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President leads tributes to humanitarian Brother Kevin Crowley on his retirement

Brother Kevin, (87), a native of Cork, has provided meals and care packages to tens of thousands of people for the last 53 years.

Image: PA

PRESIDENT MICHAEL D HIGGINS has led tributes to humanitarian Brother Kevin Crowley who retired today. 

Brother Kevin, (87), a native of Cork, has provided meals as well as care packages to tens of thousands of people since the Capuchin Day Centre was set up in Dublin in 1969.

When it first opened 53 years ago, it was helping around 50 people per day. Now, it sees between 300 and 500 people visiting for breakfast, and between 500 and 600 people looking for dinner every day. 

The Brother and his team provide more than 900 meals are provided every day and 1,500 food parcels are handed out to people in need every Wednesday.

In 2018 the centre was visited by Pope Francis to pay a tribute to Brother Kevin’s work. 


President Higgins paid a warm tribute to Kevin Crowley who he said has given an great service to the people of Dublin.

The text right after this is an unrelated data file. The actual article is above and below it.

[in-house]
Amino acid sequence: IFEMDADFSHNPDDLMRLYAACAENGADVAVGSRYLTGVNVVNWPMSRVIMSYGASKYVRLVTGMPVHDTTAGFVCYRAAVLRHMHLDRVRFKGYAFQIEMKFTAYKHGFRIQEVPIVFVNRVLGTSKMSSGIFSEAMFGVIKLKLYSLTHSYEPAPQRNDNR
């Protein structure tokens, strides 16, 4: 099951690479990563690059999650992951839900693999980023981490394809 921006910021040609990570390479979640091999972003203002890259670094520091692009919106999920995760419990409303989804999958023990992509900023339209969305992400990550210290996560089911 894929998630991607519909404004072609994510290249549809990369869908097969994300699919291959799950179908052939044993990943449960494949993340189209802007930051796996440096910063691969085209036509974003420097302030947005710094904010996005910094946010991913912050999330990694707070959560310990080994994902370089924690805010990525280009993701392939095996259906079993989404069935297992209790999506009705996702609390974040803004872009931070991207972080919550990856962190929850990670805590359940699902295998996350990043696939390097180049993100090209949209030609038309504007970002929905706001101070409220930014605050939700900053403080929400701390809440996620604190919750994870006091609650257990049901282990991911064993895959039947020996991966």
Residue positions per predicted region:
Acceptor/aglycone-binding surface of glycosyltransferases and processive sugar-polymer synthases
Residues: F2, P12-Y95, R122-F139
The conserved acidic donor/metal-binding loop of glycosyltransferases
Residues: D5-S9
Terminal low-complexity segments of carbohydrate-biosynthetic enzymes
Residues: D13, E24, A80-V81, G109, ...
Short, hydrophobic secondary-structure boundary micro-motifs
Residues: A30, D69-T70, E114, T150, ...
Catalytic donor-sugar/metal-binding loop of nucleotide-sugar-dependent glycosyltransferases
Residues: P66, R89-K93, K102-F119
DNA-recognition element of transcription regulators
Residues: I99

“Since founding the centre in 1969, Brother Kevin has led an invaluable service that is providing essential food and compassion to those most in need in our capital city.

“Pope Francis has spoken of a ‘culture of indifference’ and has challenged us all not to avert our gaze or to turn away from those who suffer on our shared planet. Brother Kevin, and those who work alongside him, in their work are meeting this challenge every day.

“May I take this opportunity to thank Brother Kevin and all those in the Capuchin Day Centre for their great spirit of shared humanity and determined pursuit of dignity, their practical work in the delivery of human rights for all our fellow citizens. May I wish Brother Kevin my very best wishes for the future on his return to his native Cork,” he said. 

Archbishop of Dublin Dermot Farrell also sent his best wishes to Brother Kevin and spoke of how his colleague “devoted his life to the service of the poor”.

“His work with its staff and volunteers transformed the lives of those who availed of the services at the centre, from misery and despair to hope and love. 

“As Brother Kevin retires, we should remember the poor we still have with us, in ever greater numbers because of wars, famine, drug and alcohol addiction,” he said. 

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